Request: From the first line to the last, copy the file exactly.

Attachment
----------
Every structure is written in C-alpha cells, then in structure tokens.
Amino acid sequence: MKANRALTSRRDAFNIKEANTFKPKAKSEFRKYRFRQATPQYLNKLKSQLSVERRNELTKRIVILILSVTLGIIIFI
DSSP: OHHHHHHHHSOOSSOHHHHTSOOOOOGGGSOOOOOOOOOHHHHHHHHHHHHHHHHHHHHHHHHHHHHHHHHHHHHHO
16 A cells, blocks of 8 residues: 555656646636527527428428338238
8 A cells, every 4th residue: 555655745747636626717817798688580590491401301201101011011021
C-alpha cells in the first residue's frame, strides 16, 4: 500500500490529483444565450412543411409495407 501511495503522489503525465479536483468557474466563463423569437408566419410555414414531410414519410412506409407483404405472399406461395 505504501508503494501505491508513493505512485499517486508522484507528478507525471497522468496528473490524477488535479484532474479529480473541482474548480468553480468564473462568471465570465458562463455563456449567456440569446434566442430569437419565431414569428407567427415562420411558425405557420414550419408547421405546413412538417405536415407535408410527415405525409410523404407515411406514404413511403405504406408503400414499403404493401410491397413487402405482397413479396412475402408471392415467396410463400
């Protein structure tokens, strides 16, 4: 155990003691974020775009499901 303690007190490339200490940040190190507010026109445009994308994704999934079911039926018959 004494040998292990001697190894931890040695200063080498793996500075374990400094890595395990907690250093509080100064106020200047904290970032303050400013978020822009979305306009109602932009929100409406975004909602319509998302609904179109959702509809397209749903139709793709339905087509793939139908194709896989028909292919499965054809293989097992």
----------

Every structure is written in C-alpha cells, then in structure tokens.
Amino acid sequence: MKANRALTSRRDAFNIKEANTFKPKAKSEFRKYRFRQATPQYLNKLKSQLSVERRNELTKRIVILILSVTLGIIIFI
DSSP: OHHHHHHHHSOOSSOHHHHTSOOOOOGGGSOOOOOOOOOHHHHHHHHHHHHHHHHHHHHHHHHHHHHHHHHHHHHHO
16 A cells, blocks of 8 residues: 555656646636527527428428338238
8 A cells, every 4th residue: 555655745747636626717817798688580590491401301201101011011021
C-alpha cells in the first residue's frame, strides 16, 4: 500500500490529483444565450412543411409495407 501511495503522489503525465479536483468557474466563463423569437408566419410555414414531410414519410412506409407483404405472399406461395 505504501508503494501505491508513493505512485499517486508522484507528478507525471497522468496528473490524477488535479484532474479529480473541482474548480468553480468564473462568471465570465458562463455563456449567456440569446434566442430569437419565431414569428407567427415562420411558425405557420414550419408547421405546413412538417405536415407535408410527415405525409410523404407515411406514404413511403405504406408503400414499403404493401410491397413487402405482397413479396412475402408471392415467396410463400
């Protein structure tokens, strides 16, 4: 155990003691974020775009499901 303690007190490339200490940040190190507010026109445009994308994704999934079911039926018959 004494040998292990001697190894931890040695200063080498793996500075374990400094890595395990907690250093509080100064106020200047904290970032303050400013978020822009979305306009109602932009929100409406975004909602319509998302609904179109959702509809397209749903139709793709339905087509793939139908194709896989028909292919499965054809293989097992």